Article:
In the recent, in geological terms, the future, all the continents and islands of the Earth can merge. The recent earthquake in Southeast Asia proves that the continents gradually approach each other, and after 250 million years, all the continents of the Earth "unite" in a single continent — Pangaea. So says the American scholar Chris Skotiz of Arlington University.
Once upon a time at the dawn of the history of the Earth has already been a unified continent, which then split the numerous earthquakes. Scientists say this with reasonable certainty. "Look at the outline of Africa and South America — if they join, they will develop as the pieces of the puzzle, they are perfect for each other," — says Skotiz. Also, the existence of Pangea, from geological exploration and discovery of fossils.
Now scientists say that the section of the continents once again seek to "unite." For example, the last 40 million years, Africa is closer, "crawling" to Europe. This process causes the growth of the Alps and the Pyrenees, as well as serious earthquakes in Italy, Greece and Turkey. Also, scientists have concluded that the last few million years, the Mediterranean Sea is rapidly shrinking in size: it was once a vast ocean, and now only a small sea.
Of course, the computer models on which to base Skotiz, are based on a number of assumptions, but the scientist believes that the trend is obvious. Australia is gradually moving to the South-East Asia and North America after some millions of years can become part of a single Europe-African-Asian monolith.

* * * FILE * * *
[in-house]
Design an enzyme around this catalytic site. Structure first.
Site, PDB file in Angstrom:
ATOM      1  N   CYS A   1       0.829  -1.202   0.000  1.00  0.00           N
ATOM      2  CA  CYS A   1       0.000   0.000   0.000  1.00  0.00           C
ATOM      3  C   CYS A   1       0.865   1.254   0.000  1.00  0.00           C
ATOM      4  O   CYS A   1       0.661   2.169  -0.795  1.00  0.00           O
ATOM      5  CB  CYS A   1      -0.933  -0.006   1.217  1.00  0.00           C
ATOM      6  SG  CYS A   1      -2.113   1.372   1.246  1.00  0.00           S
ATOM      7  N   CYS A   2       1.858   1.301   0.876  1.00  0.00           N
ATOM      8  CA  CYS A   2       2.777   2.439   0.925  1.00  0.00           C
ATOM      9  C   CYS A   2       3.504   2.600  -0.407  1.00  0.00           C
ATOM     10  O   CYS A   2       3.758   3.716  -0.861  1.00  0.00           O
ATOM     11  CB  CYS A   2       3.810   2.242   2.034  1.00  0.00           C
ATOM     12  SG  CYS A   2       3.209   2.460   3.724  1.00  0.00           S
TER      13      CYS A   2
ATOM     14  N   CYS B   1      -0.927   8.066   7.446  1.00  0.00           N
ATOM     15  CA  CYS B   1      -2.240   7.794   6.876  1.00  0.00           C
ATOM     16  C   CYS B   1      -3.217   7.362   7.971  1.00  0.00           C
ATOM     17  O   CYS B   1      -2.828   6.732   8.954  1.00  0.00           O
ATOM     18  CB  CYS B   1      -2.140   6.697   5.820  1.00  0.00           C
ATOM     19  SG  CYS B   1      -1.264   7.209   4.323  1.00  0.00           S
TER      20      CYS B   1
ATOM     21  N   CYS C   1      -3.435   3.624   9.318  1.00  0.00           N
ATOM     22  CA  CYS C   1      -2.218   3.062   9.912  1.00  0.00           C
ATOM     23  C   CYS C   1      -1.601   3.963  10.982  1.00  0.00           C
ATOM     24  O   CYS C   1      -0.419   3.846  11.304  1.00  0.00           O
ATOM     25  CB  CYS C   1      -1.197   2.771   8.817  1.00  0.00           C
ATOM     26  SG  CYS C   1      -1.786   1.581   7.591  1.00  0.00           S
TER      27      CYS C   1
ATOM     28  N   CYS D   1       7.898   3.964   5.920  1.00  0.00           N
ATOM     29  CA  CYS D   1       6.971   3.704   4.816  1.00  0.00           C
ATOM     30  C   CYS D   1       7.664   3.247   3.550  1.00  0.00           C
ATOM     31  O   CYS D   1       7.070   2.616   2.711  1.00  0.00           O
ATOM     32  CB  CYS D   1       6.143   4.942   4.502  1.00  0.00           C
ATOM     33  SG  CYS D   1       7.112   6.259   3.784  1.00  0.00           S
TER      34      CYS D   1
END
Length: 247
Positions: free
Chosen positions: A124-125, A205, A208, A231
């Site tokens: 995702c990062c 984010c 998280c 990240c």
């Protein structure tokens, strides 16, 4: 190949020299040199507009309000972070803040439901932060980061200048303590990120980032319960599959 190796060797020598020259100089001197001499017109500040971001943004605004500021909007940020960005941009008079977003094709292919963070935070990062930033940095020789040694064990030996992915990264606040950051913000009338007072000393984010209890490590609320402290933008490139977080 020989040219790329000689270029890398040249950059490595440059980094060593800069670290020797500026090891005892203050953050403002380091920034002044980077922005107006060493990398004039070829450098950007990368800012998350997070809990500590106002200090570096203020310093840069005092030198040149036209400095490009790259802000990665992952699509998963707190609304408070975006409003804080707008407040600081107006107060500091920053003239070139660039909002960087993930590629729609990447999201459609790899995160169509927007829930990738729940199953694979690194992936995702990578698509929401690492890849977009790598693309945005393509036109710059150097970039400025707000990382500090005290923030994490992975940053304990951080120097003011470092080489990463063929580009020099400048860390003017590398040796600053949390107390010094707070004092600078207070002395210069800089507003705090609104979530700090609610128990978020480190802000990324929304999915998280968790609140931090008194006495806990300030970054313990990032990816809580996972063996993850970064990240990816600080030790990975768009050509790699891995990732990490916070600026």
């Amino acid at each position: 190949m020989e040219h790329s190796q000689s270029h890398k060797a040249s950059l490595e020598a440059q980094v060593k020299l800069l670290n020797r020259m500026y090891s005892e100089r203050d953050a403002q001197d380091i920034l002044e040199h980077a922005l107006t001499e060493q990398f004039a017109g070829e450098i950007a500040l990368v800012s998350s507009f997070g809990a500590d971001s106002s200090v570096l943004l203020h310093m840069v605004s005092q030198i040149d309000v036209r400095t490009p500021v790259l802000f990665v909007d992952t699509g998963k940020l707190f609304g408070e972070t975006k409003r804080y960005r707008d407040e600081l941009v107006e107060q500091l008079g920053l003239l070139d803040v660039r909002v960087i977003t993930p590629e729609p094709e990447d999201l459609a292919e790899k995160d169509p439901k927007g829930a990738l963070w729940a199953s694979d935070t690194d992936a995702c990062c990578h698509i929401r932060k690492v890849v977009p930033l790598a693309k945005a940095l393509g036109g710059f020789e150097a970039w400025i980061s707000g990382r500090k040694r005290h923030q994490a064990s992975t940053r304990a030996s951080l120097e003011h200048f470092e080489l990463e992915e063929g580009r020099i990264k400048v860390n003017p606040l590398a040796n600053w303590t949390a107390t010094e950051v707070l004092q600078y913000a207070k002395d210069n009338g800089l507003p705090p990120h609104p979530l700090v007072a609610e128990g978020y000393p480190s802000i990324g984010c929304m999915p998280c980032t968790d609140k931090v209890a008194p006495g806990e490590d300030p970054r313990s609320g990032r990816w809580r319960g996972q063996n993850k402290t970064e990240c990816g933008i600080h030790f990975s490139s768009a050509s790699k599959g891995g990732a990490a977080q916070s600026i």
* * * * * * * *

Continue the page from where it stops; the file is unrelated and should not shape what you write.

Public interest in such a sluggish geological processes caused the latest monstrous earthquake in Southeast Asia. According to geologists, like "shake" in the history of the Earth there were already a few million times. Strong earthquakes are just the indicators of "drift" of continents toward each other.
For example, an earthquake on December 26, in the literal sense of the word has changed the map of the world. The quake force in more than 9 points was so strong that it shook the earth's axis and changed the map of Asia, "sliding the" number of islands in Sumatra, according to U.S. geophysics.
The earthquake, whose epicenter was located 250 km to the southeast of Sumatra, could "move" located nearby small islands, according to an expert of the American Geological Institute, Ken Hadnut. "Based on the seismic model, we can say that the smallest of the islands located to the south-west coast of Sumatra, could move to 20 m to the south-west, which is a significant shift," — he explained. The north-western tip of the Indonesian island of Sumatra could also move to the south-west by about 36 meters NEWSru.com reports citing CNN.